found that bipolar patients averaged 31 percent more binding sites in the region known as the thalamus, and 28 percent more in the ventral brain stem. In the thalamus, bipolar women actually had levels nearing those of healthy comparison subjects, but bipolar men had a 42 percent higher binding rate, suggesting that there may be specific biological causes for the clinical differences in the course of the illness in men and women.

Adding in the results of functional tests, they found that the more monoamine cells patients had, the lower their scores on tests of executive function and verbal learning. This finding confirms earlier results from research at the University of Michigan, and suggests that the altered brain chemistry due to the excess monoamine cells may directly impact the patients' cognitive and social function.

Thanks for being here to share this journey

W

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The post above points to why this is a physical illness that affects how things are felt, how those feelings are interpreted, executive function such as planning and carrying through on things and verbal functions as in how we relate to and understand others. That is a lot of your brain function to have affected by one illness, but hopefully will help guide you in dealing with your loved one and also help you to understand that this isn't about parenting or lack thereof or "quality time" or her just plain having issues. I am sure that she is doing the best that she can right now with the abilities that she has. It is just that the emotional content/problems can be so very, very painful. I truly believe that aside from medication attending a class called wellness recovery action planning as set up by Mary ellen copeland is one of the most positive things that you can do for your illness. Hugs!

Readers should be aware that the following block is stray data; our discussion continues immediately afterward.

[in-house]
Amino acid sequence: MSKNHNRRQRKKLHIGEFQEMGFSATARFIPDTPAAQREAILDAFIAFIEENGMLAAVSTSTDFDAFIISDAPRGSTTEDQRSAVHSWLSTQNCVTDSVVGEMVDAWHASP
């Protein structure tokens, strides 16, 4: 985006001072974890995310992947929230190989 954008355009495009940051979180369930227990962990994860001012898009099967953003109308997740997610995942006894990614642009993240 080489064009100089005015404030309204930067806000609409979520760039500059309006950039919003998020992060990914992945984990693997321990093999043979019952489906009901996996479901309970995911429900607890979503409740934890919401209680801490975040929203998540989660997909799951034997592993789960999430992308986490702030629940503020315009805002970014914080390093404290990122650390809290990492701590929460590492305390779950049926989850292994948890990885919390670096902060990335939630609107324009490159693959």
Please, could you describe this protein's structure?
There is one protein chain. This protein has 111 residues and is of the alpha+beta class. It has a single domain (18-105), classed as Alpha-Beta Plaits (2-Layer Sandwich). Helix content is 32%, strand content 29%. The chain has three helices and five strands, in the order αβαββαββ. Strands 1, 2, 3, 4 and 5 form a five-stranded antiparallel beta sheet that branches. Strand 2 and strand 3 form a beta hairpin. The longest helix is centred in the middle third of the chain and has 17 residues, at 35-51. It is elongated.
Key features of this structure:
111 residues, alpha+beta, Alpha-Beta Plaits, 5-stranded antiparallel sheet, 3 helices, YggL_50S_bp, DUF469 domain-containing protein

W